Trachelospermum asiaticum

How To Grow and Care for Asiatic Jasmine (Trachelospermum asiaticum)

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Having a sturdy and versatile plant in a landscape will lessen the need for maintenance in the landscape. This is why the Asiatic jasmine is one of the good vines to be incorporated into most landscape designs.

As a vigorous grower, it produces alluring aesthetics, resistant to most environments, and requires minimal maintenance. Below is more in-depth information about the Asiatic jasmine and its common cultivars that will come in handy.

Botanical Information

The Trachelospermum asiaticum or Asiatic jasmine is also known as Asian jasmine, Asian star jasmine, yellow star jasmine, dwarf jasmine, star jasmine, and Asiatic jasmine.

Furthermore, this plant may also bear other common names depending on the country. Although, a common misconception about this plant is caused by it being called jasmine despite the lack of connection between it and the true jasmine plant.

The True jasmine belongs to the Oleaceae family while the Asiatic jasmine belongs to the Apocynaceae family.

Its genus is a combination of two Greek words – trachelos and sperma. The former means neck and the latter means seed. Moreover, its specific epithet is derived from its origins.

Trachelospermum asiaticum
Trachelospermum asiaticum photo by Leonora (Ellie) Enking | Flickr (CC BY-SA 2.0)

Spatial Distribution

Some of its common names give a hint on where this plant originated, which is in Asian countries such as Korea, Japan, India, and China. Given its origins, this plant thrives in USDA Zones 7 to 11.

Growth Habits

The Asian jasmine is an annual broadleaf that is widely cultivated to serve as a groundcover or vine in a landscape due to its vast growth and development.

Given its fast growth rate, it can extend up to 2 feet in height and 10 to 12 feet in width given that there are little to no supporting infrastructures present. In 10 years or so, this vine may grow up to more than 25 feet in height and width.

Aside from bearing leaves all year round, small and simply beautiful flowers are seen during May to June right before summer just in time for people to enjoy the outdoors.


On regular days, the Asiatic jasmine bears green and waxy foliage. However, the leaves change their color to dull-brown and brick red at the onset of Fall.

Although, the plant’s simple oval shape and opposite leaf arrangement are retained. The same goes with its size which is usually around 1 to 3 inches in length.

asiatic jasmine
Asiatic jasmine flower photo by T.Kiya | Flickr (CC BY-SA 4.0)


The common name Asian Star jasmine describes what this plant’s flowers look like. Its color ranges from creamy white, yellow, tan, or gold. The small florets are known to have a star-like pinwheel shape with 4 to 5 petals.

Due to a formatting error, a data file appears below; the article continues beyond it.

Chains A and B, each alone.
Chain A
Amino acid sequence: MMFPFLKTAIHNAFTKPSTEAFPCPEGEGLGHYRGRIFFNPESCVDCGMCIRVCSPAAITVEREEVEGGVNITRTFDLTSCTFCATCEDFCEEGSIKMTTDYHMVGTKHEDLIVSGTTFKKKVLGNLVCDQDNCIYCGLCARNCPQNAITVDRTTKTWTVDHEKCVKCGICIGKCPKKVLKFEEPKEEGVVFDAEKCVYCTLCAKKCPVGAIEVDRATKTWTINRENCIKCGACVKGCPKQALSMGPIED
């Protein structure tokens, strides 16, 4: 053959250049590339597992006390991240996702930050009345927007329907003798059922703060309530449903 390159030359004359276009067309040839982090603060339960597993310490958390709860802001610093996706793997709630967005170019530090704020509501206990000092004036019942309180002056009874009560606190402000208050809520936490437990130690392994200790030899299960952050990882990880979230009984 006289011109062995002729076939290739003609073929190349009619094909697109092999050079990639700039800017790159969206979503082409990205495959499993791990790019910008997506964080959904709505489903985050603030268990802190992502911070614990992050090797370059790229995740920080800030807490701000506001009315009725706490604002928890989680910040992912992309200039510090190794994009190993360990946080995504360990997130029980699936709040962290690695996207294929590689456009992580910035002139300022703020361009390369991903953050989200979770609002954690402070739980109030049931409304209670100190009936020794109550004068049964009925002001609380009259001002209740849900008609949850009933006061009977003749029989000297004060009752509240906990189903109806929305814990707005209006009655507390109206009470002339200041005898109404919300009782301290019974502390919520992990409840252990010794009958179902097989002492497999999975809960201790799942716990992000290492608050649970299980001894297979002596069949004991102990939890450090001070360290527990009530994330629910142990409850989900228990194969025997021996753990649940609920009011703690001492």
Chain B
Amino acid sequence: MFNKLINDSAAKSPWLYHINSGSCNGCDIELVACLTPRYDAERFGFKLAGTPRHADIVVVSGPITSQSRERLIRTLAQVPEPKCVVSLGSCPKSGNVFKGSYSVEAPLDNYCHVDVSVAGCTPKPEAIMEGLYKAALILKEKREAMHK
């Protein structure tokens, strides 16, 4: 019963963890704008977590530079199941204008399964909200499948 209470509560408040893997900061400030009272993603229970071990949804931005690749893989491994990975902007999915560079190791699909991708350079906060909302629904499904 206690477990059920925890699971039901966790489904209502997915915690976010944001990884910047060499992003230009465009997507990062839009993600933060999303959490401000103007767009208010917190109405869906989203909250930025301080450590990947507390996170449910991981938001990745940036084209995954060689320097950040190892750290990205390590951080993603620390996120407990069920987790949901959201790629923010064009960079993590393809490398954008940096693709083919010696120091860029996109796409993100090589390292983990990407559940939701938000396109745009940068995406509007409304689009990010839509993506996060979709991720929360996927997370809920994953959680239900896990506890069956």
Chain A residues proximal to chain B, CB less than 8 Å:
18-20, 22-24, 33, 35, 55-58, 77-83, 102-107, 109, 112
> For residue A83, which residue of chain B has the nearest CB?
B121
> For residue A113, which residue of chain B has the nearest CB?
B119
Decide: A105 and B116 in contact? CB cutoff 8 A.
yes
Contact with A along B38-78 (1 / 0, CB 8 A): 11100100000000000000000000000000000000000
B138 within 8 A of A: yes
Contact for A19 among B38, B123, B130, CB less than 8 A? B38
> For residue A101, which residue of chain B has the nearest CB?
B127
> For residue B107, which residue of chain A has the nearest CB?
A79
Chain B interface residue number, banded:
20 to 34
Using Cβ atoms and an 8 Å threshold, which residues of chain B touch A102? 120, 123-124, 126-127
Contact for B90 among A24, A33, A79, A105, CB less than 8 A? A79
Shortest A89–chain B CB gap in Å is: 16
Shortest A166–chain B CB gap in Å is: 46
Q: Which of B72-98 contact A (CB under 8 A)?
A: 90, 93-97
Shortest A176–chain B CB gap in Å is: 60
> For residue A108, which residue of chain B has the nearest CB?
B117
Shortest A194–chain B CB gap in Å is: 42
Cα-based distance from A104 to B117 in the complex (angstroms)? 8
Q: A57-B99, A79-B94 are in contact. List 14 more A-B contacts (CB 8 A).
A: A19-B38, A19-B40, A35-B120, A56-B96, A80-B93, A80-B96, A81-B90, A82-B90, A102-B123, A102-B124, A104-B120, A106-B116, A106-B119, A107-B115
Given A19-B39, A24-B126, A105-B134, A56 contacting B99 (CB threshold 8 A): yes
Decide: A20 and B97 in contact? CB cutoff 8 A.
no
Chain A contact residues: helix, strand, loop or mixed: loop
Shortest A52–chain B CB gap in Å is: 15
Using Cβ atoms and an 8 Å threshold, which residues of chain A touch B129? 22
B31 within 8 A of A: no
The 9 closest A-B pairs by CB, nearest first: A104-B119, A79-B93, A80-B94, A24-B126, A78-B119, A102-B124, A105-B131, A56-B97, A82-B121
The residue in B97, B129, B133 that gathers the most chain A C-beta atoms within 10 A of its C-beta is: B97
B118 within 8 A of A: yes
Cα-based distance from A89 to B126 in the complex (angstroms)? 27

Each floret forms a bundle of florets wherein one terminal flower will emerge followed by lateral blooms. Thanks to these characteristics, the star shaped flowers serve as an invitation for pollinators such as birds and insects. However, it is important to note that the Asian Star jasmine rarely blooms in Florida.

Fruit and Seeds

Eventually, after flowering, the vine reaches maturity and creates pods that bear seeds for reproduction. 

How to grow asiatic jasmine

For someone to successfully asiatic jasmine care, it is important to know what the plant needs. A keen observation in combination with acquired knowledge about that plant will help solve potential problems that may arise in the landscape.

Below are the basic requirements to know how one can look after the Asian jasmine vine.

Sun Requirement

Because it is drought tolerant, the optimal growth of the Asiatic jasmine will be obtained if exposed to full sun. It should be uninterrupted and lasts for at least 6 hours daily. Although it also tolerates partial shade, the formation of pigment and production of flower buds may be problematic.

Water Requirement

Moderate amounts of water supplied frequently are enough for this vine to grow. However, in places wherein rain is prominent, watering may be done less frequently. On the other hand, watering should be done more frequently during extreme heat summer days.

If rainfall is happening often, less watering is needed. Regular watering should be done during the hotter months.

Temperature and Humidity

Asiatic jasmine (Trachelospermum asiaticum) thrives in a wide range of temperatures but prefers USDA hardiness zones 7 to 10.

While it is relatively resilient in various climates, Asiatic jasmine generally prefers moderate temperatures and can withstand high humidity levels, making it suitable for regions with warmer and more humid climates.

Soil Conditions

The Asian jasmine is a versatile vine as it can thrive in almost any soil as long as there is good drainage. Either sand, clay, or well drained soil are suitable for the vine.

Moreover, when planting in a pot, use a potting mix with a large water holding capacity to ensure healthy growth. Make sure that the pot has drain holes to prevent waterlogging .

Aside from the type of medium, the space needed is also to be considered since this vine is a fast grower. At least 3 feet by 6 feet planting space is enough for the vine to grow and bloom without disrupting other plants in the vicinity.

Fertilizer Requirement

Generally, the application of external fertilizer is not needed as long as the soil is rich in organic matter.